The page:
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MBA Application: Do B-Schools Prefer Work Experience With Startups Or Big-Name Firms?

Susan Bershaj, founder of Sia Admissions, explains what MBA admissions committees think of work experience with a startup compared to big-name firms

Should I take a startup job or a role with a large firm to build my pre-MBA experience?

Dear BusinessBecause,

In two years, I will apply to MBA programs at US colleges. RIght now, I have the choice of working at a higher post in a startup, or a lower post at a well-established firm.

Which position will be better for my MBA application?


The Answer


This week's Applicant Question is answered by Susan Bershaj, founder of Sia Admissions.

While I never recommend a prospective applicant take on a role for the sake of an MBA application—mainly because an MBA should be viewed as a tool that helps your short and long-term career goals, and not the end itself—there are elements that you must be mindful of as you make your next move. 


Startup vs established firm

Remember, the admissions committee looks for employability. Deciding to work for a well-established firm or a startup must include a consideration of their pros and cons as they relate to your immediate, post-MBA goals. 

A well-established firm carries brand recognition. Furthermore, their proven training programs typically make you more marketable post MBA. That said, the safety that comes as a result of working for a well-established firm may hinder the depth of your exposures and may mean slower career advancement opportunities. 

The startup world, while riskier, will most likely offer a depth and breadth of experiences and exposures which may lead to speedier advancement and, as a result, a potentially more well-rounded application. 


Discovering long-term career goals

Careers are dynamic, and, for that reason, your next steps must enable you to move your goals forward, regardless of an MBA. Therefore, the next job must support your long-term ambition in some way.

Clearly articulate how each potential path may move you closer to your goals. Are there particular elements in your profile you must develop now, and how will each opportunity advance that required development? 

Having a clear answer to this two-part question and choosing a path that best leads to building-up your skillsets will help strengthen your candidacy.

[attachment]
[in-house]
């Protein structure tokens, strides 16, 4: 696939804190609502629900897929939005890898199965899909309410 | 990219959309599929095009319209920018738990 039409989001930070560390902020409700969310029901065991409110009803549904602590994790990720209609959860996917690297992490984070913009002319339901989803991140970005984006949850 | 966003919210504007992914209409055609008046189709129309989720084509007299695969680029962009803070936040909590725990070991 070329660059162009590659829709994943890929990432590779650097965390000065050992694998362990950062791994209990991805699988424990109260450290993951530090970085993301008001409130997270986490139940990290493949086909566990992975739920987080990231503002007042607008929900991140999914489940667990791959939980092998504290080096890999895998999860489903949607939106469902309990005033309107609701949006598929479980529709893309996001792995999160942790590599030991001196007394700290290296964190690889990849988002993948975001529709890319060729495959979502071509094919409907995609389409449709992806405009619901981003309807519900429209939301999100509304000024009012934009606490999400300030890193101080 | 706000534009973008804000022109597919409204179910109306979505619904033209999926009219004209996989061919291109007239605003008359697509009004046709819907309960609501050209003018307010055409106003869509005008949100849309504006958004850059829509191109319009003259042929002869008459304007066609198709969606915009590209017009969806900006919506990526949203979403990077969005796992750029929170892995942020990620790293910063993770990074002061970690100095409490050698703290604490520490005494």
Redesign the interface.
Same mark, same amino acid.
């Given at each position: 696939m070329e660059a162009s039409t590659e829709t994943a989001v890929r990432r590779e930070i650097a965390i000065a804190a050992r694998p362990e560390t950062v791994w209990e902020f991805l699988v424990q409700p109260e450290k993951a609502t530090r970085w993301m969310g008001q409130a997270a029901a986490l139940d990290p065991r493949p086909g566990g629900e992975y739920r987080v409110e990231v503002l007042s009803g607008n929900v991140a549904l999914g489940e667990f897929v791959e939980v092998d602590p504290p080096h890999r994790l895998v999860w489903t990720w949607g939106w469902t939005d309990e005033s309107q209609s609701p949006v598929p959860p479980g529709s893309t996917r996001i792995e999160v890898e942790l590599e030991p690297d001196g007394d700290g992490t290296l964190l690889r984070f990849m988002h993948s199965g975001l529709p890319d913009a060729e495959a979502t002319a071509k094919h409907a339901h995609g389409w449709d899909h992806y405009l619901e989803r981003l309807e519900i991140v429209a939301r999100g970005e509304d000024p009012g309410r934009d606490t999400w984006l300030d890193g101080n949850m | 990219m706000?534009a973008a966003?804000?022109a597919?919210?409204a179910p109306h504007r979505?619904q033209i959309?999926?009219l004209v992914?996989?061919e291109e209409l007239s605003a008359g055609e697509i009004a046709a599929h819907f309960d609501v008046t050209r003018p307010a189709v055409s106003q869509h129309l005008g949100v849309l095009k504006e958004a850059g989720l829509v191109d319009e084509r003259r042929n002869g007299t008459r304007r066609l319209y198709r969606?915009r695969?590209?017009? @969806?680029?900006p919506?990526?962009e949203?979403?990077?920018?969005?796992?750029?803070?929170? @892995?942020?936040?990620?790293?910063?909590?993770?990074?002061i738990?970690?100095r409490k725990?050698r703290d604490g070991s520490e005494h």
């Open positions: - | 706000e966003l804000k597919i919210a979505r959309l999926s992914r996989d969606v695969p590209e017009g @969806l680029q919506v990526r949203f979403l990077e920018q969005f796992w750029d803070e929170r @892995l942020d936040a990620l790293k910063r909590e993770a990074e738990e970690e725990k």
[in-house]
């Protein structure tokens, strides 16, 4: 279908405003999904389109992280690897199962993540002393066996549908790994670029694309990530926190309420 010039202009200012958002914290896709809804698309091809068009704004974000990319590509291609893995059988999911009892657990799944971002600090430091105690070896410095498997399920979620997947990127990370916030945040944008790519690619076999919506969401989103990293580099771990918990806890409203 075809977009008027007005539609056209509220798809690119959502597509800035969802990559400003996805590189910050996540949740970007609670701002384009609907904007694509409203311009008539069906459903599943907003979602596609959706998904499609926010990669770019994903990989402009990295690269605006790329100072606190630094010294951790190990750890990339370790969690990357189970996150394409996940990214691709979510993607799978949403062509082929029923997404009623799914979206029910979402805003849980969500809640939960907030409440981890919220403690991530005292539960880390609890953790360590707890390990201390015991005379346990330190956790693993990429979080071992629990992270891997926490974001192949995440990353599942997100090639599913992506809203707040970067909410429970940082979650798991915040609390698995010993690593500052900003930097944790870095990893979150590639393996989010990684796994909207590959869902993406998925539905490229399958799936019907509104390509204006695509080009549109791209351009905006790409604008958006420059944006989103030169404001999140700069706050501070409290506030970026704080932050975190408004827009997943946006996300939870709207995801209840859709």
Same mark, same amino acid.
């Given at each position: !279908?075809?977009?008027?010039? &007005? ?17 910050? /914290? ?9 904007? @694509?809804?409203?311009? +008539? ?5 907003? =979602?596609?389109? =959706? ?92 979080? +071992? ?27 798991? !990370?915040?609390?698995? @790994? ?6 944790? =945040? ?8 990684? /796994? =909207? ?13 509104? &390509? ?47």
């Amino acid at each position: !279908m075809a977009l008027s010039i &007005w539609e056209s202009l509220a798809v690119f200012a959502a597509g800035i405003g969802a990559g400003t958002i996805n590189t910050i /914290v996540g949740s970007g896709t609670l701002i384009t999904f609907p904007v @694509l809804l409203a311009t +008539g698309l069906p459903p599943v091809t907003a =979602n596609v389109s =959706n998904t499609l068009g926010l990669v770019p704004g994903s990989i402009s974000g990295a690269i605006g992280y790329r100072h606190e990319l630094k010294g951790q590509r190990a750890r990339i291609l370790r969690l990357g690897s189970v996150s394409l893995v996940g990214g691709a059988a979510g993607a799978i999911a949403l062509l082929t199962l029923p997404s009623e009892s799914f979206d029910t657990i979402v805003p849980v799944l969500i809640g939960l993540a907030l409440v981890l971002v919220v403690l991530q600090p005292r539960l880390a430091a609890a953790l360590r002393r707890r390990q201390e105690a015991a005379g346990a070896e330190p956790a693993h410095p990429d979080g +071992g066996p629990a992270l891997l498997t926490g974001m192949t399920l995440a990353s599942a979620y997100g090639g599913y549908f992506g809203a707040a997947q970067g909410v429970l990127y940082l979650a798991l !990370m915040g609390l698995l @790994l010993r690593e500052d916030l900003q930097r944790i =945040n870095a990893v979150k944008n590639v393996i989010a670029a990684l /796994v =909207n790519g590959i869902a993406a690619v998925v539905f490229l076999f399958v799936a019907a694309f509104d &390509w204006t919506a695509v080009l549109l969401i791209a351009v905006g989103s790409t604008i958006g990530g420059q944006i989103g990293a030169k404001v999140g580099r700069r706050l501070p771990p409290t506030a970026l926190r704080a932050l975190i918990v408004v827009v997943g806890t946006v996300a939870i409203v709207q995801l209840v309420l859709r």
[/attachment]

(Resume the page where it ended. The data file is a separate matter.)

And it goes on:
When it comes to business school applications, the admissions committee looks for professionals with demonstrated leadership abilities, whether that’s evident in their role or through self-imposed initiatives that lead to successful outcomes.  

Therefore, as you evaluate each opportunity, examine the types of experiences you foresee being involved in, the probability for a leadership role, or available opportunities to show initiative.

Having a repository of experiences to draw from and clearly articulating them in your applications will enable the admissions committee to visualize your contributions to your team and your organization, making you an obvious choice for their program. 


Got a question of your own?


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What experience are admissions committees looking for?

Since a typical applicant will have about five years of work experience by the time they begin their MBA studies, the admissions committee also expects advancement or added responsibilities over time. 

Therefore, ambitious applicants showcase consistent progress, which demonstrates their drive and seriousness with which they take their roles as exacters of change, helping move the company’s mission forward. 

If you have not asked your potential future employer about career advancement opportunities or possibilities for project work beyond your job description, now is the time to do so.

As you consider both options, it is pivotal that your next steps help, firstly, to develop skills that move you closer to attaining your long-term career goals and, secondly, enable opportunities for demonstrated leadership. 

The role should also offer possibilities for formal or informal career advancement. That said, at the end of the day, you must also evaluate your aversion to risk. 

If you can tolerate risk, then the drive that comes from being in the unknown may make your startup experience that much more stimulating. In turn, this will lead to more meaningful experiences that will translate well into your business school applications.  

If you are risk-averse, the benefit of a structured process gives opportunities to learn from proven methods that may be invaluable to your cohort.  


Ask an admissions expert a question


Next week, you'll have the chance to ask Claudia Lucas, marketing and admissions director at the Lisbon MBA, anything you want about getting into business school.25cb7edb1c9ce7302f440d2d3cec47d9729ff89a.jpg

Prior to her work with the Lisbon MBA, Claudia worked in marketing with fast moving consumer goods giant, Colgate. Here, she discovered a passion for helping others succeed as leaders.

With this realization, she left Colgate to become an executive coach, and continues to support professionals through their careers as they set out on an MBA. 

Got a question you'd love Claudia to answer? Submit your question

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